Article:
A well-written book with some interesting and some challenging ideas by an author whose interests are fundamentally different to mine.

1 Comment

Filed under Book Reviews, Non Fiction

The Dark Fantastic

Non-fiction book about black women in fantasy

Content warning: racism

I received a copy of this book courtesy of the publisher.

Image result for the dark fantastic ebony thomas

“The Dark Fantastic” by Ebony Elizabeth Thomas is a non-fiction book about the representation of black women in fantasy. Thomas focuses on four examples of popular fantasy books and television series that feature a black female character. Thomas presents her theory of the Dark Other as a lens through which to understand how black women are marginalised, even in magical worlds. Exploring the themes of spectacle, hesitation, violence, haunting and emancipation, Thomas analyses “The Hunger Games”, “The Vampire Diaries”, “Merlin” and “Harry Potter” in depth while making mention of many other examples of afrofuturism and black fantastic stories.

This is a meticulous and thoughtful book that gives characters like Rue, Bonnie Bennett, Gwen and Angelina Johnson the attention and analysis that they often did not receive in their own stories. There were some very compelling arguments in this book, particularly Thomas’ discussion of hesitation and the rationale behind why readers, writers and publishers find black characters so disconcerting – even in fantasy worlds. I thought that the idea of waking dreams and the hypocrisy of how the idea of magic doesn’t break the illusion but an empowered black woman does was particularly piercing. Thomas is very frank about her experiences in fantasy fandom, and this first-hand knowledge and response enriches this structured and well-researched book.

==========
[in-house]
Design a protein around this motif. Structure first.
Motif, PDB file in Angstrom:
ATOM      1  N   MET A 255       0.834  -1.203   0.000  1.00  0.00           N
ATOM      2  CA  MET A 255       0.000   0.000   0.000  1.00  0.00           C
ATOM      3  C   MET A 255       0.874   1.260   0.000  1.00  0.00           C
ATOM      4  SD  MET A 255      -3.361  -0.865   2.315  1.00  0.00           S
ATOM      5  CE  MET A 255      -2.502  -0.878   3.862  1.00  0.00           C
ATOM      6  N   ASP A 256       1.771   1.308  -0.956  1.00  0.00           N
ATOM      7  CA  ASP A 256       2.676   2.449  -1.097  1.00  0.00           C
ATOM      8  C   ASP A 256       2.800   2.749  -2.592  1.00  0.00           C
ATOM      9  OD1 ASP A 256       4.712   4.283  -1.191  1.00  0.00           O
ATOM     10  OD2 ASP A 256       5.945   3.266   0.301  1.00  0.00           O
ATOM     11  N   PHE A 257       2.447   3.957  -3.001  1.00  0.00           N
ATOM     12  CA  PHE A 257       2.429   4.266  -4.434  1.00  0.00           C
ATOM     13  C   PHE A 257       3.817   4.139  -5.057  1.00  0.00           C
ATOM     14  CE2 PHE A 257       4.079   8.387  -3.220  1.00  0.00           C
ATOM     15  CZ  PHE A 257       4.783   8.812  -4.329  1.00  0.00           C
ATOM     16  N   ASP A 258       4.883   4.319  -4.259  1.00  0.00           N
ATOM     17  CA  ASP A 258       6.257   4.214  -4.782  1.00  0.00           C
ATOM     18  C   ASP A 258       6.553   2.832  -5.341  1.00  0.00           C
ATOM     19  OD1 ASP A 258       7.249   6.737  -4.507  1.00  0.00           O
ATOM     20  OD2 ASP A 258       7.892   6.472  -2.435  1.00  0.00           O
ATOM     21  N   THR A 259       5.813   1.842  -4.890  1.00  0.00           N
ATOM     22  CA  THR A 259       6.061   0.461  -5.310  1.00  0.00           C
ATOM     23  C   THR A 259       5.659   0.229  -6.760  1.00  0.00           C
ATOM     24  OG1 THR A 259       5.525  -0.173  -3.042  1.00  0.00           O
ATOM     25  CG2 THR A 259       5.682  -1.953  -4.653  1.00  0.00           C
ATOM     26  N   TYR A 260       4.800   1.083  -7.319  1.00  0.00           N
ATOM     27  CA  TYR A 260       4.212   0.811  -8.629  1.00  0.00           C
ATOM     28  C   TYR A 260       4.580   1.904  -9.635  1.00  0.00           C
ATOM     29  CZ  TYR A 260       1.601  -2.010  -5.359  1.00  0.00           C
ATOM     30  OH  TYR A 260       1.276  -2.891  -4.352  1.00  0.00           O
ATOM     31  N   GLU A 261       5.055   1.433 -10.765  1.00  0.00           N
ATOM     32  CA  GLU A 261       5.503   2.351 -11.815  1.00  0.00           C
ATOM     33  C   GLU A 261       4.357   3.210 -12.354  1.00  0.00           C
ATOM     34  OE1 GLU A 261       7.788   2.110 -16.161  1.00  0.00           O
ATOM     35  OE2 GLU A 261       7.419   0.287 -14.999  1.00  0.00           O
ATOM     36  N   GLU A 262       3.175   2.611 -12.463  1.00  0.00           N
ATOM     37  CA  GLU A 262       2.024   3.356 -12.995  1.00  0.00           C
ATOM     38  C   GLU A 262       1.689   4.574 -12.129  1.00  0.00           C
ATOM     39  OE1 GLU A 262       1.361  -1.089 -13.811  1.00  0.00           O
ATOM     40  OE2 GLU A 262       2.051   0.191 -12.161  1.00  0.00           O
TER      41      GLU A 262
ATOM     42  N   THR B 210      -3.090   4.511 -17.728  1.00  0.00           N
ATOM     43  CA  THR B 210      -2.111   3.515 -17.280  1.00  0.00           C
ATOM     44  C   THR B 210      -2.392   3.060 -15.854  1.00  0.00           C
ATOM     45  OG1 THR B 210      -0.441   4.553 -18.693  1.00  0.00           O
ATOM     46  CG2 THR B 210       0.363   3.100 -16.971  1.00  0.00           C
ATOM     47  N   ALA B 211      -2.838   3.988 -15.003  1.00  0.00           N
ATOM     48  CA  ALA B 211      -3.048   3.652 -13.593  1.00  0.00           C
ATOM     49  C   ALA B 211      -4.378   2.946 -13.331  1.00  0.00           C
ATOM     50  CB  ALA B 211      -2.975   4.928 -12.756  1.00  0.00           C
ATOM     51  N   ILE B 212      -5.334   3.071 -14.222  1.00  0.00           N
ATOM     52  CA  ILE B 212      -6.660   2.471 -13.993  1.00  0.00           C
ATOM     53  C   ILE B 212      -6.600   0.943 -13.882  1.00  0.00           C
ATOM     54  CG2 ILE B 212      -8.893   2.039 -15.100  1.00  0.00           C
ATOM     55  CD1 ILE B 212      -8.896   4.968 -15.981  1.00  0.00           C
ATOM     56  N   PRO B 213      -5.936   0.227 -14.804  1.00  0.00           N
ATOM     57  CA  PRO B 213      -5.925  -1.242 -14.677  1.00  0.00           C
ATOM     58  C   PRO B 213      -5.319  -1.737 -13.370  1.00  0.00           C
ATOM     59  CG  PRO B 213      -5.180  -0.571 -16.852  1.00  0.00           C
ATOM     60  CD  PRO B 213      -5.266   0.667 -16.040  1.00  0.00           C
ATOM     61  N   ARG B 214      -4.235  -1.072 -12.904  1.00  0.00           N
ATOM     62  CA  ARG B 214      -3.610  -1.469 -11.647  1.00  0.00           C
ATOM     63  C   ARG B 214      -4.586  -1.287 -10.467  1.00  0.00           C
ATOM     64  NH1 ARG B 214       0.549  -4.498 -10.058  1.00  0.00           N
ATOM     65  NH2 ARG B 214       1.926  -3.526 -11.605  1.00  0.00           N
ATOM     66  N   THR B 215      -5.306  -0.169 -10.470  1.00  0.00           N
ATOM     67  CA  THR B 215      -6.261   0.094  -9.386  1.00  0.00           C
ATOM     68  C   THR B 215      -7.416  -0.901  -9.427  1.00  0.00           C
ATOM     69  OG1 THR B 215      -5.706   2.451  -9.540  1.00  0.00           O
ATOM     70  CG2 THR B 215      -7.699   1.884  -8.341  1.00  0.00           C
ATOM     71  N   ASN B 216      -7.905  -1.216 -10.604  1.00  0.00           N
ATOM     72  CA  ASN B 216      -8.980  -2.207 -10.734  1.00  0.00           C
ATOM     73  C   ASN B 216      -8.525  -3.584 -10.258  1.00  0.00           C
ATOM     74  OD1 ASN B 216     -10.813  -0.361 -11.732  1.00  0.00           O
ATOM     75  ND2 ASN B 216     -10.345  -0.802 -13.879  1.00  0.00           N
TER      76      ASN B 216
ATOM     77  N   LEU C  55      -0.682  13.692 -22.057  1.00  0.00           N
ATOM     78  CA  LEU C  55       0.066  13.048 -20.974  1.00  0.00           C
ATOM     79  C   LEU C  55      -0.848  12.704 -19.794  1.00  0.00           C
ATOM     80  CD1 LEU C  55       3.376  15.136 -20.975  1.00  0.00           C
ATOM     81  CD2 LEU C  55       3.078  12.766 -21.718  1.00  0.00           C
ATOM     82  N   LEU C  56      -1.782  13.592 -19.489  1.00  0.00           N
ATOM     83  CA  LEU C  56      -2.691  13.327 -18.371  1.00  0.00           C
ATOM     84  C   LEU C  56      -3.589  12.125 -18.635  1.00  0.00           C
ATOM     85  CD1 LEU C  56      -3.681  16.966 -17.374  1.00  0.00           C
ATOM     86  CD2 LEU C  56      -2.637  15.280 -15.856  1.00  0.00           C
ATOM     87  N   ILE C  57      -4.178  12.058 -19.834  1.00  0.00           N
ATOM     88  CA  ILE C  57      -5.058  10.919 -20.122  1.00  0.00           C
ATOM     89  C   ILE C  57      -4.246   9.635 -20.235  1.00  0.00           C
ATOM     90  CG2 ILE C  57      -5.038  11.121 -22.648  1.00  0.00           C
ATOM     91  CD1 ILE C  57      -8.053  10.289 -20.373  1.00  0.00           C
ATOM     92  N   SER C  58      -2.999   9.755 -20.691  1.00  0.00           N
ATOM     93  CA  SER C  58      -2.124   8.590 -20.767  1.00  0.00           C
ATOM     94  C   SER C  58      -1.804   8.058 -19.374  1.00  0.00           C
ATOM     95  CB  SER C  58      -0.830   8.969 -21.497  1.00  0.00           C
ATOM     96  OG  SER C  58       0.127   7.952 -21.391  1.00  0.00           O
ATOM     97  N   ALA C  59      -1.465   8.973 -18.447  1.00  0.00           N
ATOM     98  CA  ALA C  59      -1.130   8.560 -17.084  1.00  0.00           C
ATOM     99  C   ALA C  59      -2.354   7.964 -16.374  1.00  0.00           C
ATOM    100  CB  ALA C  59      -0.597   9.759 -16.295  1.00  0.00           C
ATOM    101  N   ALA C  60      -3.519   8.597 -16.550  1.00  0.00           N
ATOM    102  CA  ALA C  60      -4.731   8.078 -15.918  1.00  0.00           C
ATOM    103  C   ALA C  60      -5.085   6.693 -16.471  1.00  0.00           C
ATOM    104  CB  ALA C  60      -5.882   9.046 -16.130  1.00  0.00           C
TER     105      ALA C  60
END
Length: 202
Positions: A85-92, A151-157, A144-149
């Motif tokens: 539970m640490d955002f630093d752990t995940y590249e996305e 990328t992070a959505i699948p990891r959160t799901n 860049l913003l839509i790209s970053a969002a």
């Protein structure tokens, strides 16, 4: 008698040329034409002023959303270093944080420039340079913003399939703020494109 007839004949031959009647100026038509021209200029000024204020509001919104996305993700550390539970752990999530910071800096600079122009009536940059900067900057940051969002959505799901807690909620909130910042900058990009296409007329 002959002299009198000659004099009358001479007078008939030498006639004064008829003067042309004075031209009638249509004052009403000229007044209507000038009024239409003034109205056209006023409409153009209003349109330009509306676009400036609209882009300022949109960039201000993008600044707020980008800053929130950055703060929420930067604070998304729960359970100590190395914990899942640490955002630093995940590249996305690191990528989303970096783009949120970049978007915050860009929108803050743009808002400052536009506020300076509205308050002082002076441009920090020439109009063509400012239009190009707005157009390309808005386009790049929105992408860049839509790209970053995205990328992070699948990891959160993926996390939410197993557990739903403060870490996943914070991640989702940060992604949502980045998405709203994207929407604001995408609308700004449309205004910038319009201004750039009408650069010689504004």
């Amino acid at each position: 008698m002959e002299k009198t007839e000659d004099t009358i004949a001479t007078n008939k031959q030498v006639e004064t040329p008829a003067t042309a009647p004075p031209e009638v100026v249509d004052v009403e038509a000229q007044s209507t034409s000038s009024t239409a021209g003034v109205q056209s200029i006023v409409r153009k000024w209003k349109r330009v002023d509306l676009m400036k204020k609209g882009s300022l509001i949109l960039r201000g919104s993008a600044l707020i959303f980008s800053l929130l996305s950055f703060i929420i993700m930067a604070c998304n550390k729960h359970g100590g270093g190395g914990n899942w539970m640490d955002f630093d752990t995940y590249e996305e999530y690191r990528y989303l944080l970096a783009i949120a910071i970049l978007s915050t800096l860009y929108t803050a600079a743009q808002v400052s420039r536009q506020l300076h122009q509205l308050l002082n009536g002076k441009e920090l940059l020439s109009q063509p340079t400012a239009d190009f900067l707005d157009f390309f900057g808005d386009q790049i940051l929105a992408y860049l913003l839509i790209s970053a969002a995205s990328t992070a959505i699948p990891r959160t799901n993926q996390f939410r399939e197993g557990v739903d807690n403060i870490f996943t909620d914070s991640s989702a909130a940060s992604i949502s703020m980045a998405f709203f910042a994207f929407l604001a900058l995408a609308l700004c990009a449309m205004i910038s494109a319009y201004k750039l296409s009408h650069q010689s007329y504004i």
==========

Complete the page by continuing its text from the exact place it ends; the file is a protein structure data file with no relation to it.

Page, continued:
I think the main question I have after reading this is who is the intended audience? Although softened y the autoethnography parts of the book, as well as the appealing subject matter, Thomas nevertheless has a very scholarly writing style that indicates her significant academic experience and qualifications. While I highly doubt anyone could fault her theories, research or conclusions, part of the advantage of writing non-fiction books is to bring complex yet important concepts to a broad audience and I think that some parts of Thomas’ book could be a little too intellectual for the average reader.